In the three years since Google (NASDAQ: GOOG) introduced Google Glass – the eyewear that brings all the features of a smartphone right up to your eye – the technology has been ridiculed and occasionally banned for privacy or safety concerns.
But it hasn’t been widely adopted. Even in Silicon Valley, ground zero for early adoption of tech gadgets, most people just don’t wear Google Glass. Think Segway rather than iPhone.
Given the pace at which other game-changing technologies like the iPhone or even Google’s very own search engine took off after they were introduced, it seems fair to ask, is Google Glass a dud?
Google recently said, “No.”
The search giant has temporarily pulled the product from the market, but has promised to work on an overhaul to develop a more consumer-friendly model. This news has given rise to both criticism that the company is clinging to an idea that’s already failed, and defenders who trump Glass’ multiple applications in everything from surgery to dance lessons.
So will Google ultimately prevail with its geeky, bordering on creepy (it films video on command) Glass? This is not the forum to say. It’s also impossible at this point to calculate the potential drain on Google’s earnings from this work in progress, or to assess the potential payoff, since the company doesn’t disclose much about how much it invests in different research initiatives.
We do know, however, that the investment has been substantial. Last year Google was the lead investor in a $542 million venture funding round of Magic Leap, a maker of lightweight wearable technology that could support Glass.
Investors who buy Google shares should invest based not on strong expectations for Google Glass, or on any single product for that matter. Rather, they should buy based on the company’s commitment to innovation and its willingness to fail as part of that process.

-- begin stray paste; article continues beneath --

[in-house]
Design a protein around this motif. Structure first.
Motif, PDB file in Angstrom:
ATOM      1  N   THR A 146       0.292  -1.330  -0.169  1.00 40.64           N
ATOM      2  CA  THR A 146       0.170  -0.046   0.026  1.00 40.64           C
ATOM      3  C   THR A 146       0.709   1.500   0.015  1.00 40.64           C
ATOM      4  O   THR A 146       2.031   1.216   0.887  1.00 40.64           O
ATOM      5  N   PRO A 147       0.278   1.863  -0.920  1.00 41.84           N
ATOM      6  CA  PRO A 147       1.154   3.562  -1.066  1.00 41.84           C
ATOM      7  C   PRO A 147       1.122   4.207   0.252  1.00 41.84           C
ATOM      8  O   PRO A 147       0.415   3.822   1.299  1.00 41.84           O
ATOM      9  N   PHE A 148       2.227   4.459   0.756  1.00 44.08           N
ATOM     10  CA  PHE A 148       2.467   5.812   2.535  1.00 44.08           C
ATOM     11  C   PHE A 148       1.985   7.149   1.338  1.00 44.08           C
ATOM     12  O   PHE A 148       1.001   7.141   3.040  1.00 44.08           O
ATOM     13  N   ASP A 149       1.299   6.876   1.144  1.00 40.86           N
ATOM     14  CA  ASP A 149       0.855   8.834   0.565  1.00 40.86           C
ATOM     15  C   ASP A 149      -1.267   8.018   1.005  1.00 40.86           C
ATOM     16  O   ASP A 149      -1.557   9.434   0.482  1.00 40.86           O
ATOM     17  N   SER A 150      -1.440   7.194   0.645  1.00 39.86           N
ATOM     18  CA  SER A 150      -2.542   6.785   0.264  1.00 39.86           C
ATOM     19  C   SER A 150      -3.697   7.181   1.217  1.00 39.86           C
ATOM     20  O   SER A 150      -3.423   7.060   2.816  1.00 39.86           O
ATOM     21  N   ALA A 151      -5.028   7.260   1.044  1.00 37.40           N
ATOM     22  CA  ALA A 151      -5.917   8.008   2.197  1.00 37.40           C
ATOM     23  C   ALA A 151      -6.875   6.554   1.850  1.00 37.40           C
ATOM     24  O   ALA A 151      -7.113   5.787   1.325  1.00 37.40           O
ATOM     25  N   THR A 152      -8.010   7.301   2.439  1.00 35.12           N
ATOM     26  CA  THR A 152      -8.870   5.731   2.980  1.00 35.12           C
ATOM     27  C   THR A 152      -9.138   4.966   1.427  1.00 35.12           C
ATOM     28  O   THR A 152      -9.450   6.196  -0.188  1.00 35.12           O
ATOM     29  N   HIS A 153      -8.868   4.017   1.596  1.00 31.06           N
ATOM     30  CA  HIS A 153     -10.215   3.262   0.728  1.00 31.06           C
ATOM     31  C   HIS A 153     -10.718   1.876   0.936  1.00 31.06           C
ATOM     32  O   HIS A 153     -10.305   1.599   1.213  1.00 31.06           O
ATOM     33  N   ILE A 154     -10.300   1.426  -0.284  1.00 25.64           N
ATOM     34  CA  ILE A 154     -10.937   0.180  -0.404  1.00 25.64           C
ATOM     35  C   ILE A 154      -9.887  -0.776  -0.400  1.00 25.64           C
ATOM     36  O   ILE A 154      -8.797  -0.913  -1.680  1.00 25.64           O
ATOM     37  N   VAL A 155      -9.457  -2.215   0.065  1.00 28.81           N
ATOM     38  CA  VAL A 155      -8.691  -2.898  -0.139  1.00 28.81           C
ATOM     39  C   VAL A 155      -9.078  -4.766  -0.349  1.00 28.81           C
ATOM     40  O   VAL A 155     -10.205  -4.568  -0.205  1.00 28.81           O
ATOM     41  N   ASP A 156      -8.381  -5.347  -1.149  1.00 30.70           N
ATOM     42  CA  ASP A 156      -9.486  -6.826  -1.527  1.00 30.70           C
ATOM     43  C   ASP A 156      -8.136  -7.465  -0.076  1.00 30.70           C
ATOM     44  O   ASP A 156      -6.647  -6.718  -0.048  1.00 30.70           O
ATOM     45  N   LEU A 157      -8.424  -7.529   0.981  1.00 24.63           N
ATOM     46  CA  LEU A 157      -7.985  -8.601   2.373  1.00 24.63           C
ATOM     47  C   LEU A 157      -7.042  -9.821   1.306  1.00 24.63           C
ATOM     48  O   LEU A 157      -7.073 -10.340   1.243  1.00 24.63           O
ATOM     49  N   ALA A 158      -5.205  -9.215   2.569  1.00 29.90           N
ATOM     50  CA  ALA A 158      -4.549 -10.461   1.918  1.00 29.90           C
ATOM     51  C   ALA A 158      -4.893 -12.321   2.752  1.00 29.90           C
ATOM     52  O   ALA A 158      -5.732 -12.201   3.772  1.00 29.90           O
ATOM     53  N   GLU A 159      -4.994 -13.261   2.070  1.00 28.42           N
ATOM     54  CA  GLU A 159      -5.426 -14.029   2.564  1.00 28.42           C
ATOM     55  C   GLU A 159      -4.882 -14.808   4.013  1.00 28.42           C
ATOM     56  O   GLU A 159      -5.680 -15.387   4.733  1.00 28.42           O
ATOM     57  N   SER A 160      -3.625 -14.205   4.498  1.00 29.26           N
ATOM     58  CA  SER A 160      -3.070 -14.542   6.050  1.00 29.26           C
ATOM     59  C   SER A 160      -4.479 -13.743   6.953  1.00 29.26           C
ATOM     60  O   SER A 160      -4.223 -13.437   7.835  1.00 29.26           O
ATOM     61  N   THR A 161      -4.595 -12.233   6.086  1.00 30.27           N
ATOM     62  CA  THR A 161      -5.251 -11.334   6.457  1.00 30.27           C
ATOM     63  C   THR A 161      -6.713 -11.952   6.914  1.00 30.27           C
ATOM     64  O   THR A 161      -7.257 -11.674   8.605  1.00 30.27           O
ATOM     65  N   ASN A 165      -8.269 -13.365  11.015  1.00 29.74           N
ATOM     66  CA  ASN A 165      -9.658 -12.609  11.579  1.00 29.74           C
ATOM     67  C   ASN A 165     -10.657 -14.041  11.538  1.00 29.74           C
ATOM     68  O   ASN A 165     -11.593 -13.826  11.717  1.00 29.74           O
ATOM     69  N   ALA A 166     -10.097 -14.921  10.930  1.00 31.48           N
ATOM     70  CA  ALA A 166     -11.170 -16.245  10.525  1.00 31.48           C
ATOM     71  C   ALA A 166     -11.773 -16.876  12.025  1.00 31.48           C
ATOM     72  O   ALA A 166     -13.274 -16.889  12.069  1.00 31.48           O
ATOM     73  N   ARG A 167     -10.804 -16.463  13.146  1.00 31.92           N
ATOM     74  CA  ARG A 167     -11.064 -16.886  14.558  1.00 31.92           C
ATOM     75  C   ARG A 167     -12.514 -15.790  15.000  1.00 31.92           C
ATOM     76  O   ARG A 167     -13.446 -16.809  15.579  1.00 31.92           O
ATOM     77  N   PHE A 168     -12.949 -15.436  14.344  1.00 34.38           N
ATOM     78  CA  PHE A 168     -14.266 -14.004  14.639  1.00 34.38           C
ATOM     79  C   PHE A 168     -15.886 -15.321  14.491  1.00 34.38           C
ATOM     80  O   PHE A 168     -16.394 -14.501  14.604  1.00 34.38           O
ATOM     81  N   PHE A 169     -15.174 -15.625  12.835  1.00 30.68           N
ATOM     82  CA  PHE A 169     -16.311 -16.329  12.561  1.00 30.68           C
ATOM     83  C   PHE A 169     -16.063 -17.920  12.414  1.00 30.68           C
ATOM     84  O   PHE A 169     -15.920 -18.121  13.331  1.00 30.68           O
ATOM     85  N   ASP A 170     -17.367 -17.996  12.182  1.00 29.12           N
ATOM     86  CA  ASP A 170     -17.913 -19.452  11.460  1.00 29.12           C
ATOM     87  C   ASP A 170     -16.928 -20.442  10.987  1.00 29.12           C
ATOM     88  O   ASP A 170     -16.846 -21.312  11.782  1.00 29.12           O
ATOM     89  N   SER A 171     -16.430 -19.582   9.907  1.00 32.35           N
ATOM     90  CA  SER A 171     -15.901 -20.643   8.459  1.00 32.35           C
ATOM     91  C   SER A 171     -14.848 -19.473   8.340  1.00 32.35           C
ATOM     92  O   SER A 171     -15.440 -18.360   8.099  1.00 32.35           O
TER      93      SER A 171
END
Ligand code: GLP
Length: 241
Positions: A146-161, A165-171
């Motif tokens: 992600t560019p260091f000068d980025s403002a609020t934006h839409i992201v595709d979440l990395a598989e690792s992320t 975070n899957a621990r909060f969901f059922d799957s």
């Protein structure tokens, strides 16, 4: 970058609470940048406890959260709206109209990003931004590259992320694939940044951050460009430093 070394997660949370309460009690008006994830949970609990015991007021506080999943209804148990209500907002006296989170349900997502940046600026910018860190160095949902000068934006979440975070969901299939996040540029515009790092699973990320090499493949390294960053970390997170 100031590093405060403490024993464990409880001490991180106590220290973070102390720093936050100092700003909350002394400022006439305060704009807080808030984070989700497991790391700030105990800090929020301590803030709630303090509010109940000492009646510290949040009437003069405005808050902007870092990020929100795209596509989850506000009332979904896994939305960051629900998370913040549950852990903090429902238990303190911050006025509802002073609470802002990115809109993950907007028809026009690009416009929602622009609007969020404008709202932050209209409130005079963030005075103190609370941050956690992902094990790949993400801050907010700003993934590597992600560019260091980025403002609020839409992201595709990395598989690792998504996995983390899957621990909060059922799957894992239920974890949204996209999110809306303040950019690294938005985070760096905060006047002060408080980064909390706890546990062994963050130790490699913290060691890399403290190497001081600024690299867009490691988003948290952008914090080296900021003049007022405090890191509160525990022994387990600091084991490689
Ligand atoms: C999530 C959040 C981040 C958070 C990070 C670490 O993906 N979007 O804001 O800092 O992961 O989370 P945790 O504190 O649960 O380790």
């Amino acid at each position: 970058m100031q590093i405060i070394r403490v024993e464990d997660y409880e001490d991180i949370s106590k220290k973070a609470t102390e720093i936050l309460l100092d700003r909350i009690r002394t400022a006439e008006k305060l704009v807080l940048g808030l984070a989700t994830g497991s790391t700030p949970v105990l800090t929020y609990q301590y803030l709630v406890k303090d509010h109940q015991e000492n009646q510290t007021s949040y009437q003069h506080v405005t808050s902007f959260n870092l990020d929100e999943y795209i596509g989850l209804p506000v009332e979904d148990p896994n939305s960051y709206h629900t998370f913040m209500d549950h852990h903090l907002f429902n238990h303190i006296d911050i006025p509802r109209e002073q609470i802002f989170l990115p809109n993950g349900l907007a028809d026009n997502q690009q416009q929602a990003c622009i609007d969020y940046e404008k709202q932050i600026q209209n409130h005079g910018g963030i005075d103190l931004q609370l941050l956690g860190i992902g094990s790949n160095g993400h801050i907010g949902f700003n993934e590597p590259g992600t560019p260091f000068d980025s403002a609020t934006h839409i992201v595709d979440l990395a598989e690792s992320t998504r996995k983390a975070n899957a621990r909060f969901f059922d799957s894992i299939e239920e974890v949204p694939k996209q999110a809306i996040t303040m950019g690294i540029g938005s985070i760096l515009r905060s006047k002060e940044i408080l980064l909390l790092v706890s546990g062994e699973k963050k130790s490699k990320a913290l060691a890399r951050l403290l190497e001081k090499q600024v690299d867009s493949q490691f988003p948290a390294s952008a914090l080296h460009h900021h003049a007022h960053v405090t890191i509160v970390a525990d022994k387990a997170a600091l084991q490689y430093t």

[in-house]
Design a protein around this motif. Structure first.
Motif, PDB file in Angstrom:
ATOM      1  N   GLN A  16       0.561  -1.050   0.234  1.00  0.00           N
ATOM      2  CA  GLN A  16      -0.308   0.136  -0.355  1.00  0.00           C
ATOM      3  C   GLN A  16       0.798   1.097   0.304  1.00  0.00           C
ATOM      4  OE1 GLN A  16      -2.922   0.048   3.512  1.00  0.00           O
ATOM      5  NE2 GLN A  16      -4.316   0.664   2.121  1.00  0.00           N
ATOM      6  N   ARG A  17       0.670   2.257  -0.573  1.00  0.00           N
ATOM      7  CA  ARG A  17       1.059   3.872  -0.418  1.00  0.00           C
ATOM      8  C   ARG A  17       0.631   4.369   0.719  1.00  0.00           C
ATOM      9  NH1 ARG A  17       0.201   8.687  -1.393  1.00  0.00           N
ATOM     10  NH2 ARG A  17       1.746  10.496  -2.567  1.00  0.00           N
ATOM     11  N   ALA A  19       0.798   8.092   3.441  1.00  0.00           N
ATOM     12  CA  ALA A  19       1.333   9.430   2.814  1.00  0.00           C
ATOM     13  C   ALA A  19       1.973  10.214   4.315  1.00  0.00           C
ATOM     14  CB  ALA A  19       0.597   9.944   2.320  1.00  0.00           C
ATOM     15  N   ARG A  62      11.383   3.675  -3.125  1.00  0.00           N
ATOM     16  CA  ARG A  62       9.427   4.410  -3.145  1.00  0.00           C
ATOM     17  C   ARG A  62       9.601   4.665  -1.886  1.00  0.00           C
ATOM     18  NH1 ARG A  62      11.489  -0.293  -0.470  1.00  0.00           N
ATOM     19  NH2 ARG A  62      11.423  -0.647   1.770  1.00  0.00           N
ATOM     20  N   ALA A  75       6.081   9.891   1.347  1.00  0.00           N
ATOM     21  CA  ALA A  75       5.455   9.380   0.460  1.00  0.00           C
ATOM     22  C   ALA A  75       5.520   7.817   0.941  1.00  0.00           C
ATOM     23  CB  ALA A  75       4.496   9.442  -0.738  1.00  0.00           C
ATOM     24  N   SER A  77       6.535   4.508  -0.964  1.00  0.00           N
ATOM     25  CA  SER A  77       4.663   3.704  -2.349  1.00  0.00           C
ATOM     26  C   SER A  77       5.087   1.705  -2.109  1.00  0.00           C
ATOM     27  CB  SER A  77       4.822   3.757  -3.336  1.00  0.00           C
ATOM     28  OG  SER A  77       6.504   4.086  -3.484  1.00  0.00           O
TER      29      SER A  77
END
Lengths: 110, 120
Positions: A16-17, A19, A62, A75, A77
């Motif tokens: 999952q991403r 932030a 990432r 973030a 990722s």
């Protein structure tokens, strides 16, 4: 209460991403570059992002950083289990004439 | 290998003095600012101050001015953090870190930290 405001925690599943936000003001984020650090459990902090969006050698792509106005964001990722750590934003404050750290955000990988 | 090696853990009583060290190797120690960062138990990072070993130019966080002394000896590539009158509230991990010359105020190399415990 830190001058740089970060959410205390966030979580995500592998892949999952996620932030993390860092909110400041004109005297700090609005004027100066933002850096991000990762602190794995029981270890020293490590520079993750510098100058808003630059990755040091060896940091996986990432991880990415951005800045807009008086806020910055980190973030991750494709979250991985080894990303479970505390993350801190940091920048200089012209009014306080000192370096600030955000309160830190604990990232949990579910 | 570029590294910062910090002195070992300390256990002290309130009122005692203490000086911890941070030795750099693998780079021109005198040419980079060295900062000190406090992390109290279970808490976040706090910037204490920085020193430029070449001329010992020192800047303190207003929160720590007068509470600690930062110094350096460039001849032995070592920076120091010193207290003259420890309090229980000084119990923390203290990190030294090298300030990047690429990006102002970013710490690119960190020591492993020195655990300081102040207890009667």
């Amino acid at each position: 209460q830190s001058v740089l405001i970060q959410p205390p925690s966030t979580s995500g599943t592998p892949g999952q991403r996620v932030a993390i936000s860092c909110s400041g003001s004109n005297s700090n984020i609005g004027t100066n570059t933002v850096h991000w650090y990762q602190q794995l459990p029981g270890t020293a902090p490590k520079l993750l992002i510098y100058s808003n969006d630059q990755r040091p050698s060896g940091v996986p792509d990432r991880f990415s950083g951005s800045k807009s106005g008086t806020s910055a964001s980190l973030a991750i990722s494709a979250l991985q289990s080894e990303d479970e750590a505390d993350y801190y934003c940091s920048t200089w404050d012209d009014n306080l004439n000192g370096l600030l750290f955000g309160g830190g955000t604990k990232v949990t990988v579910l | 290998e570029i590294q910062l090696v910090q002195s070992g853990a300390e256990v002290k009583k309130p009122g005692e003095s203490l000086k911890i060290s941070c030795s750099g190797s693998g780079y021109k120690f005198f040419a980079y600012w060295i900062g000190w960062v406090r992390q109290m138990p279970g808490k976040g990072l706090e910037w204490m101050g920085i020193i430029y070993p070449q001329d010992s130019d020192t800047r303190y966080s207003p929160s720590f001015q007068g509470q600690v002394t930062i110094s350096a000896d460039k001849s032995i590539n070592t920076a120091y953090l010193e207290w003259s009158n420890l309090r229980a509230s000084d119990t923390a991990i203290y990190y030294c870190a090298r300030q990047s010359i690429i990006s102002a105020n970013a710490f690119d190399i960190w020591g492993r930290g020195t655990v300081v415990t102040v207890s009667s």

This notion that failure is a part of innovation is especially strong in the technology sector, and it has given companies like Apple (NASDAQ: AAPL) and Google the freedom to tinker with products that have sometimes failed and sometimes succeeded spectacularly.
I could offer a prediction about whether Google Glass will prevail or flop, but the truth is all we know now is that Google is serious about revamping its original product to make a better version. We also know that it’s this commitment to innovation that has made Google such a success not just in search engines, but in Internet browsing, mobile and cloud storage.
We certainly can’t count Google out for building a Glass that works better and looks better. It wouldn’t be the first technology that was eventually embraced after initially being ignored.
But either way, I’m willing to bet on Google, which earned fourth quarter net income of $4.74 billion, as continuing to be a leader in search and technological innovation – whether or not Google Glass ever becomes a household name. Technology companies like Google, after all, don’t prevail on the basis of “killer apps,” but with hard work, experimentation and careful execution.
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